African scientists have taken on several vital roles during the current pandemic. They are part of a continent-wide exercise led by the African Academy of Sciences to set priorities for COVID-19 research and development. This includes infection prevention and control, epidemiological studies, clinical management, candidate therapeutics research and development, candidate vaccines and many other fields of research. African governments and funding bodies have tailored their investments to these priorities.
The African Academy of Science has committed $2.8 million in funds to the research and development of scientific interventions for COVID-19 in nine major priority areas. They are laid out in detail in a report, Research and Development goals for Covid-19 in Africa: the AAS priority setting exercise. The $4.75 million COVID-19 Africa Rapid Grant Fund, launched under the auspices of the Science Granting Councils Initiative in Sub-Saharan Africa (SGCI), was also informed by these priorities.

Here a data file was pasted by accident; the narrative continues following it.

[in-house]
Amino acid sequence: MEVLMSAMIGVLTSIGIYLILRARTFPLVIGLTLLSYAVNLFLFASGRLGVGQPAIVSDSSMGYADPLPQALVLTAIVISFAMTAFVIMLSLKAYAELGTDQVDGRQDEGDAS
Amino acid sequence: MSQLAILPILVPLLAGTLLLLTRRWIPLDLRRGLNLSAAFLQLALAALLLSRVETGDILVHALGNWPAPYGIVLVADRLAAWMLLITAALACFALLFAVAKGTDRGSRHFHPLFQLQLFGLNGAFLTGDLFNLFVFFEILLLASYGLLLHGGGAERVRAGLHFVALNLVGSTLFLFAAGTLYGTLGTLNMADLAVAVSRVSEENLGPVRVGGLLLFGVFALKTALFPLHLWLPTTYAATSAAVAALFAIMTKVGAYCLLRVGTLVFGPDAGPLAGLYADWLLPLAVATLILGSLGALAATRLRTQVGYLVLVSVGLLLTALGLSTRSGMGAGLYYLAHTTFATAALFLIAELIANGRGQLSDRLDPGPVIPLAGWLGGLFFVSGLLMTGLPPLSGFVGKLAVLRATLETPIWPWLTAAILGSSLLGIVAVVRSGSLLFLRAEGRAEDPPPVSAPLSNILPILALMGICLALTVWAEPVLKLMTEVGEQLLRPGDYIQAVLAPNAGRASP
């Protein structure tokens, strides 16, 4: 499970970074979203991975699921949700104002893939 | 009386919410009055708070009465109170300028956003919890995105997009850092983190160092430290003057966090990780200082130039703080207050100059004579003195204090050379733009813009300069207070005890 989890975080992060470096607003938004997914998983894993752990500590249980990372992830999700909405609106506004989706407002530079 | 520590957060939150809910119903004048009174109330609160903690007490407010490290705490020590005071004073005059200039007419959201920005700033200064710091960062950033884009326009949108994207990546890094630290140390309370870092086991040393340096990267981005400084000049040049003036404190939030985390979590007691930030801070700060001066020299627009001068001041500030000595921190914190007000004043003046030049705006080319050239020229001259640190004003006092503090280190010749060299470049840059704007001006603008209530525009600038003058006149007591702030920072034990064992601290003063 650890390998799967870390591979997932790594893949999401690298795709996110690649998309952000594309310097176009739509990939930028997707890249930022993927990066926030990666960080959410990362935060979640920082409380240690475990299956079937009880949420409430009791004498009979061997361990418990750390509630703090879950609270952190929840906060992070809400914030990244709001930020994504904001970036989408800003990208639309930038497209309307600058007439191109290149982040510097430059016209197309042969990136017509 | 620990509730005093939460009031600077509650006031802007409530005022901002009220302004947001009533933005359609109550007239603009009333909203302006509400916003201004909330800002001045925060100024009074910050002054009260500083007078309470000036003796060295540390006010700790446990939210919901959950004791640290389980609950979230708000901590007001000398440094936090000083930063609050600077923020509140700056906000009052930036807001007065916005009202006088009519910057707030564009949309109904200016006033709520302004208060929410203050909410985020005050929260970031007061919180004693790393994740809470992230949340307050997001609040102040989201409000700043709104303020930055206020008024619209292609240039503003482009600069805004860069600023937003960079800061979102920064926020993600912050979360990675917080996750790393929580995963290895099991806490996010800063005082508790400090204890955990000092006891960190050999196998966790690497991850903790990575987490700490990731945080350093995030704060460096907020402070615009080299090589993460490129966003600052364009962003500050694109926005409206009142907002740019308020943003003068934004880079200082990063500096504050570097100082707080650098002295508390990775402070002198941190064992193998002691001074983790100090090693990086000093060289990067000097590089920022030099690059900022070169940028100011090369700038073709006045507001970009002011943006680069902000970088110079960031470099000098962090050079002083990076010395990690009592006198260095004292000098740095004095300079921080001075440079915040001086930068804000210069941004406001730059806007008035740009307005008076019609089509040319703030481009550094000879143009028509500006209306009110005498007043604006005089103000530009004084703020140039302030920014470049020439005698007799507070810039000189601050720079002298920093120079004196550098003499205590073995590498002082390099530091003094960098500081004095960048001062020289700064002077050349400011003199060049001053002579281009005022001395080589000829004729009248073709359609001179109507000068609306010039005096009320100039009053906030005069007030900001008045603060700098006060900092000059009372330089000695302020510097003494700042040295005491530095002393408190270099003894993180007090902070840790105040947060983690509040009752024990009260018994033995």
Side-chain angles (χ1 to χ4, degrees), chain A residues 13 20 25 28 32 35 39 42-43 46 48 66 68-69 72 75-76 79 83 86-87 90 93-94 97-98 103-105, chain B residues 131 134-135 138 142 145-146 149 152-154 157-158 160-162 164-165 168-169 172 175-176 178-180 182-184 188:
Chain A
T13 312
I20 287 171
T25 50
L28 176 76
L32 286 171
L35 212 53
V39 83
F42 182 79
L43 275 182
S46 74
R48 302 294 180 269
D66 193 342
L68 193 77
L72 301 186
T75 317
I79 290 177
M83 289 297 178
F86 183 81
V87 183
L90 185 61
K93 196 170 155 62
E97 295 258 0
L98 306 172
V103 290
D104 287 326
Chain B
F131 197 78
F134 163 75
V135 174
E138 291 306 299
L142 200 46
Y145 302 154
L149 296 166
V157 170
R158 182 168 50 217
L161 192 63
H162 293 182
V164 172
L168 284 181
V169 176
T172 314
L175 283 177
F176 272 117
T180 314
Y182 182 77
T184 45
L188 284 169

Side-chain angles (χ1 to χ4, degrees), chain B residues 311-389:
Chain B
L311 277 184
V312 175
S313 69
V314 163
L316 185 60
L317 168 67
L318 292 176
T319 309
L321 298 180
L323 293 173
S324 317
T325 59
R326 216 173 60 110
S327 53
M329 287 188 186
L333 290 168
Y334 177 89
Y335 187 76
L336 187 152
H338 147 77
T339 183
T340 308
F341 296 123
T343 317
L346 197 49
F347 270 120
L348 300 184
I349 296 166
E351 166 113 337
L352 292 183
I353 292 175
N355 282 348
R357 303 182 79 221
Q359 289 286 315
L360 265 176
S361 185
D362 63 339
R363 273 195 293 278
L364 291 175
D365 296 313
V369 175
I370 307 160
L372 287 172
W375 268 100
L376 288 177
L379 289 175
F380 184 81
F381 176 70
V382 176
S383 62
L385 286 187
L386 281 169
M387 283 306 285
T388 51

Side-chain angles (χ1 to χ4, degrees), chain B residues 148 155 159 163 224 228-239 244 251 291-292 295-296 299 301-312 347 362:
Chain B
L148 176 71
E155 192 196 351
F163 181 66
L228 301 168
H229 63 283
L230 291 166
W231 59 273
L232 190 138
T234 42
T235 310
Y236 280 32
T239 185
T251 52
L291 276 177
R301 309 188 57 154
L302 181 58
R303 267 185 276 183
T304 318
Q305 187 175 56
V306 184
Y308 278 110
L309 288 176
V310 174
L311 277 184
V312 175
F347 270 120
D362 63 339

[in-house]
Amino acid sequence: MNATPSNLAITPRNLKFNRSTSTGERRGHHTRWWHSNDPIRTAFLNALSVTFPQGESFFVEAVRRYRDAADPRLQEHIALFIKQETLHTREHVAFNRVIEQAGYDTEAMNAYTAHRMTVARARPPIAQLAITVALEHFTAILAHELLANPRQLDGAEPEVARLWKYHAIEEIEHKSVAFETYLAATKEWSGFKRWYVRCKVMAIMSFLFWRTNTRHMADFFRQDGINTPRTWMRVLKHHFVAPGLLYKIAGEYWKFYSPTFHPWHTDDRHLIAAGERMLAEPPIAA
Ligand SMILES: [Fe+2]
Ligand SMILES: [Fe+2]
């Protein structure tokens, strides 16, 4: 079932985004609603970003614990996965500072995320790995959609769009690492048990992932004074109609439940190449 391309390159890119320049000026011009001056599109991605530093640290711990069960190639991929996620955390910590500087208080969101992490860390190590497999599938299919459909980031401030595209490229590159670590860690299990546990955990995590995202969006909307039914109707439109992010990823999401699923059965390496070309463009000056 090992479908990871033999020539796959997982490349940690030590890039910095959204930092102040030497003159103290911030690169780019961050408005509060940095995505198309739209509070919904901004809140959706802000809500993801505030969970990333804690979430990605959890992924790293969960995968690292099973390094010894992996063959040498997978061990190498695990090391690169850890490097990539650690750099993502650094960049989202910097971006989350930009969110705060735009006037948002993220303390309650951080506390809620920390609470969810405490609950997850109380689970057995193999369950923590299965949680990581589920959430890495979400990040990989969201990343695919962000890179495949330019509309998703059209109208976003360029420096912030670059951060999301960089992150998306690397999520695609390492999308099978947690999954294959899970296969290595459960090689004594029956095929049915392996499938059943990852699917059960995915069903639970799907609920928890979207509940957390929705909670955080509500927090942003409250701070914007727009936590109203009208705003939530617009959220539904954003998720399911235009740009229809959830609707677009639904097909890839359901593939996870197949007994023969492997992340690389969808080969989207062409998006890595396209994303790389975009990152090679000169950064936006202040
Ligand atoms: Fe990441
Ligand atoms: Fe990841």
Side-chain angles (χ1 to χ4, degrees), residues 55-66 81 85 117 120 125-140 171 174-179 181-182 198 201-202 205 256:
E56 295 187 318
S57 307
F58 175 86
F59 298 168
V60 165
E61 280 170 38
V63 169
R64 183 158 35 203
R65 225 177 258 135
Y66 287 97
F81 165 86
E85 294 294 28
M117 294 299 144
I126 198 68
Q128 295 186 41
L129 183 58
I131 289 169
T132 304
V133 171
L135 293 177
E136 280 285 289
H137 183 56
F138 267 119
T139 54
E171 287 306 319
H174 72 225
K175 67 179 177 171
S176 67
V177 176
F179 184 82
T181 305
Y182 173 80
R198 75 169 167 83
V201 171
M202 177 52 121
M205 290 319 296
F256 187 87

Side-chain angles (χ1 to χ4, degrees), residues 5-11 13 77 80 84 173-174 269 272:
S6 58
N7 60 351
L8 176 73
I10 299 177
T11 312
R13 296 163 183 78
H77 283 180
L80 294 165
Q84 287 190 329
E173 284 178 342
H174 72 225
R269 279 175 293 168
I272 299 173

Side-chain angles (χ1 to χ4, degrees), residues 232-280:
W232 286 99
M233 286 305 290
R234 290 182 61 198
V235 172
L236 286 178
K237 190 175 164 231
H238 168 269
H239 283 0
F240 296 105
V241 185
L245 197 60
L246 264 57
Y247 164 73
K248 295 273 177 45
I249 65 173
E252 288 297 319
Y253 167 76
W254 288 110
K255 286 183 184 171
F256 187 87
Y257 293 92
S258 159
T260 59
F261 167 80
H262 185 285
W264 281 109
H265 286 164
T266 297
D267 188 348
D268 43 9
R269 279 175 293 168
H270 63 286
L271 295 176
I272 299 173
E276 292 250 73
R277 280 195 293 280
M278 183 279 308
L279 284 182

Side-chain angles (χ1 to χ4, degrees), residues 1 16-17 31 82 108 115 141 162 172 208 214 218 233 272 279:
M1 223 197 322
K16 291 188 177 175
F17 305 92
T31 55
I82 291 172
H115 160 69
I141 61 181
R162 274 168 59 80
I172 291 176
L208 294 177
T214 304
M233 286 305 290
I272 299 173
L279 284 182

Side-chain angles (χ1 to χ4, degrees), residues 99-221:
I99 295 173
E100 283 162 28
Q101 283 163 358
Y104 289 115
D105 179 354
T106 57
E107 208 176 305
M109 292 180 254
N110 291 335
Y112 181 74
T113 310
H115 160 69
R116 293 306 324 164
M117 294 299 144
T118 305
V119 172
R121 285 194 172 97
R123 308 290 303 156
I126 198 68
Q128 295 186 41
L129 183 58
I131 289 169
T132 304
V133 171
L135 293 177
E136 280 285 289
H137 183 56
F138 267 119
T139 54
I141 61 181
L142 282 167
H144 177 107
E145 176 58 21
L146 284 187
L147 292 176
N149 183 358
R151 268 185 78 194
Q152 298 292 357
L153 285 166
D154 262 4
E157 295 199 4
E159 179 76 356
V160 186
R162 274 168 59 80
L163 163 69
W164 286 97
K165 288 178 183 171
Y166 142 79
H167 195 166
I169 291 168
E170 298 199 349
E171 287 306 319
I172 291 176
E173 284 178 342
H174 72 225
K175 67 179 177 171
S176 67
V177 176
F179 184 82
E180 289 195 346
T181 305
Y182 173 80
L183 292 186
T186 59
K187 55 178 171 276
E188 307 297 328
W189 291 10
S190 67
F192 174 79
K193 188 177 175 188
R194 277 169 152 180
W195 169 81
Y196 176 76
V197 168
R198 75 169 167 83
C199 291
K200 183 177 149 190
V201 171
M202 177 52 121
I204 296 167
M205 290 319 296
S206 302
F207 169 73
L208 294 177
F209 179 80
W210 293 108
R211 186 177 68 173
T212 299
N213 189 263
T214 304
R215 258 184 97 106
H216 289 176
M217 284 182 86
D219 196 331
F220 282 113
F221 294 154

Africa has a vast pool of talented and passionate people who are willing to devote themselves to improving the continent’s future, and contributing their ideas and expertise to the world of science. The challenge is to use its resources wisely and equip these people with the support they need to thrive. It’s time to step up to the challenge, and lay the foundation for a golden age of African science.